February 17, 2017 § Leave a comment
She “broke the internet” with an Instagram photo of her African print prom dress in 2015; now 19 year-old Kyemah McEntyre is the featured designer at Harlem Fashion Week’s runway show in her debut collection at New York Fashion Week. Afrofusion TV was there as Harlem Fashion Week Founders Tandra Birkett and Yvonne Jewnell put together a radical, magical show that featured emerging and established designers, with part of the proceeds going to the rebuilding of the Slave Museum at Senegal’s Goree Island. Check out the video we put together, with interviews from Kyemah McEntyre, Yvonne Jewnell, Tandra Birkett, and celebrity stylists Brandon Hood and Jonathan Boderick. Tandra and Yvonne are also organizing a symposium on “The Business of Fashion” next month, March 25th in Harlem, to help educate new and established designers on ways to build their business. Be sure to check it out! You can also watch our highlight video on our Facebook page.
October 2, 2016 § Leave a comment
Afrofusion TV caught up with New York-based Jamaican filmmaker Karen Marks Mafundikwa after her film The Price of Memory screened at the African Diaspora International Film Festival in Washington, DC. in August. The documentary is the first to deal with the issue of reparations in Jamaica, and it had already screened at the Trinidad and Tobago International Film Festival and other festivals around North America. We wanted to talk to Ms Mafundikwa about what led her to pursue this topic on film, an issue regarded by many in the west as sensitive and controversial. You can find the full interview on our website; here is a condensed version that you can also watch on our Facebook and Twitter pages. The Price of Memory will be screened at Boston University Art Galleries, next Tues. Oct 4. The filmmaker will be in attendance. Let us know in the comments what you think once you watch the interview: what are your feelings about African descendants receiving reparatory justice? Bless…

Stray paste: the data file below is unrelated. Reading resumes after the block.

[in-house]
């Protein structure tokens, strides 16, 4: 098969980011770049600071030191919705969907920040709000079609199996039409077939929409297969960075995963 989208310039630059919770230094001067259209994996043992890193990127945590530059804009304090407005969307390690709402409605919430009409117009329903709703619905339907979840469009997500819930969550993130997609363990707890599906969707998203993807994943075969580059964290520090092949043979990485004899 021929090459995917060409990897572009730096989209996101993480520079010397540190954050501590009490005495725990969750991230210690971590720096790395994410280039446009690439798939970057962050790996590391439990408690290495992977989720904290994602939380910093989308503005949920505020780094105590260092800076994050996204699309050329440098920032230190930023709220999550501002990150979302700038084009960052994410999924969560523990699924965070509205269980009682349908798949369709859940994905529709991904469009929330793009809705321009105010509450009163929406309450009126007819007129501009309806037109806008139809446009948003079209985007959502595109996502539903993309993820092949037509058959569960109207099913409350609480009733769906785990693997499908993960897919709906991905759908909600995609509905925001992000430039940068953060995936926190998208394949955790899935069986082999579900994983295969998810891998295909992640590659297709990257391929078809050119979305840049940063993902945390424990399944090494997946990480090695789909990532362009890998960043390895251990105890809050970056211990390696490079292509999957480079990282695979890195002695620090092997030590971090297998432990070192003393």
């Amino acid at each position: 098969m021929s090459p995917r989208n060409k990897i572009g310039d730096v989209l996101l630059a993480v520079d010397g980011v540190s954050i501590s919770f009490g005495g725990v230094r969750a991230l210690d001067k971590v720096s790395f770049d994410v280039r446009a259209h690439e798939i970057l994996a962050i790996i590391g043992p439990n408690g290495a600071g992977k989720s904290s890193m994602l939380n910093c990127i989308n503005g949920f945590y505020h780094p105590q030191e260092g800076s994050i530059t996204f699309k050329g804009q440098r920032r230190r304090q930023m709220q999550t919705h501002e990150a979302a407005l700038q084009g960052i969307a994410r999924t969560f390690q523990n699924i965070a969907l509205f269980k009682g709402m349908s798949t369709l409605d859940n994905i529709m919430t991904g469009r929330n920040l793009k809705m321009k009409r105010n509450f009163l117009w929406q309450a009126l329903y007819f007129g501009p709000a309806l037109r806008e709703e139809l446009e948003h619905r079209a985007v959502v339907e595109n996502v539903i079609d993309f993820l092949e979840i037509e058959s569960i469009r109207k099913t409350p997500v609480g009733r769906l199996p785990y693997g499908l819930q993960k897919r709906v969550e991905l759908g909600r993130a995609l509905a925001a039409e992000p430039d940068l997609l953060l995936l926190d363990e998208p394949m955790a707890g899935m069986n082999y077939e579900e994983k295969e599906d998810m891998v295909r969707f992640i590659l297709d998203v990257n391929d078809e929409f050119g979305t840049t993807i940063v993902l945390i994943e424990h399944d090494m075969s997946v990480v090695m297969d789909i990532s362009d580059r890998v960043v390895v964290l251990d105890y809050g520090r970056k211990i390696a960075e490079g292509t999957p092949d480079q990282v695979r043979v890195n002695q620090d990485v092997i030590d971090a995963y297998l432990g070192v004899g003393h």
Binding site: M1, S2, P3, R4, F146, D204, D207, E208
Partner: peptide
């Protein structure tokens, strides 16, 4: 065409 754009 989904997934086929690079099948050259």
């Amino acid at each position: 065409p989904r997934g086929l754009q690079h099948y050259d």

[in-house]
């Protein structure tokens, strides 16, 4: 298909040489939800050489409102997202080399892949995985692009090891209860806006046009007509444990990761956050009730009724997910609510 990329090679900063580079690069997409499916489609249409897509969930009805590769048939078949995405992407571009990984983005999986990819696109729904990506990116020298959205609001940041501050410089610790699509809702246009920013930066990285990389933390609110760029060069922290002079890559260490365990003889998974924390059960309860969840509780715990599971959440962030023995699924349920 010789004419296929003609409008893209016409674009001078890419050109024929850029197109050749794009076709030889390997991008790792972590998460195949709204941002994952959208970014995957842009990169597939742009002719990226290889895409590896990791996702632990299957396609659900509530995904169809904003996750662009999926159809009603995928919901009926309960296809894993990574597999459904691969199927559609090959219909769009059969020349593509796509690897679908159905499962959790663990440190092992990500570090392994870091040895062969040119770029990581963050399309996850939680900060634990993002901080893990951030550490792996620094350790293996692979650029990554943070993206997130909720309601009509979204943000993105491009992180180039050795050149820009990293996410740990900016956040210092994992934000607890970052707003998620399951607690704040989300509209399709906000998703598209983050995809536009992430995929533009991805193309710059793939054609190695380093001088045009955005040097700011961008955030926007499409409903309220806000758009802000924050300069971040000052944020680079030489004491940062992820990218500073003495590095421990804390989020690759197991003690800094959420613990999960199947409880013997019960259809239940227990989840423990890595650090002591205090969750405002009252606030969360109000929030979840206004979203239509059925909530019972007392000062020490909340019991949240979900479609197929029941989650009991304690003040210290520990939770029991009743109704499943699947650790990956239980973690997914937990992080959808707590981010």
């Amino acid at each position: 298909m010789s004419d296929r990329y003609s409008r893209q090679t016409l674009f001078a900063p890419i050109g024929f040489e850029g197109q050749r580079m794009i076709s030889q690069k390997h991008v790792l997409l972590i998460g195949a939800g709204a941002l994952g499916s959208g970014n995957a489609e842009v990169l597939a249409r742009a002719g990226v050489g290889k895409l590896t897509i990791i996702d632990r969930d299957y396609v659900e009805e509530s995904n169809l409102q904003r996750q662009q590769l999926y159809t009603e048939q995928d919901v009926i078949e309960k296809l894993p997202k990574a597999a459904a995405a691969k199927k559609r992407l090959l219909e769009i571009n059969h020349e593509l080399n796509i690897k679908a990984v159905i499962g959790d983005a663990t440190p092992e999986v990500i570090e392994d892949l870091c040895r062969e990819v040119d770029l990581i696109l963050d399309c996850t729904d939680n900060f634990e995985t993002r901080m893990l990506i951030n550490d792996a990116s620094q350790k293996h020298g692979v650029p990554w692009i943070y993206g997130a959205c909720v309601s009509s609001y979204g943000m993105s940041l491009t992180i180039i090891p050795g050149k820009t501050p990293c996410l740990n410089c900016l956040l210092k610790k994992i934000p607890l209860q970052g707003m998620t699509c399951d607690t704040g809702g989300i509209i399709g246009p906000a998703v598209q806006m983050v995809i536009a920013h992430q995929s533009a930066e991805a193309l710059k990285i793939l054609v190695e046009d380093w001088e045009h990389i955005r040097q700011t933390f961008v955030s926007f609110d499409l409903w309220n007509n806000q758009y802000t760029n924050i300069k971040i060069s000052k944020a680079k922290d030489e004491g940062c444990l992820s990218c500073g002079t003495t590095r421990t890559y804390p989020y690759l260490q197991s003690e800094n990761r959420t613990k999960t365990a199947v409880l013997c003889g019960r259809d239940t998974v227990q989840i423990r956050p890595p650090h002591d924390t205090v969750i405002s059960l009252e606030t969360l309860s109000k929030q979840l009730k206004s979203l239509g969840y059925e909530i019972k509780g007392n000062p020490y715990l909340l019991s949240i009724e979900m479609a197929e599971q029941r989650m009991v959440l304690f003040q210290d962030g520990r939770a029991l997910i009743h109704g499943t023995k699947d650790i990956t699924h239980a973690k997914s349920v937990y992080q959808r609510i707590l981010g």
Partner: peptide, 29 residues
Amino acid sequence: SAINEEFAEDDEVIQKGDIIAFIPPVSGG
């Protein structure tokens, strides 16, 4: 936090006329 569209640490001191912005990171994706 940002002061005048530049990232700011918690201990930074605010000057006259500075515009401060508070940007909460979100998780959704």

September 5, 2016 § Leave a comment
You can’t call Jimi King a “fashion designer,” even though he is quite a successful one. You can’t really call him an “African artist” either, even though he is an artist, and most definitely a proud African. Like many individual artists in the art and fashion world, Nigerian artist Jimi King is uncomfortable with labels. “I don’t like to be boxed in,” he revealed in an interview with Afrofusion TV on a recent visit to the Washington, DC area during his 2016 summer tour. Given the length and breadth of his experience, it’s understandable. In addition to fashion (wearable art, as he calls it) King does painting, sculpture and music (drumming). He has been a regular in Paris at the UNESCO Africa Week and Bazaar for the past five years, and participated in Africa Fashion Week London during the « Read the rest of this entry »
August 28, 2016 § Leave a comment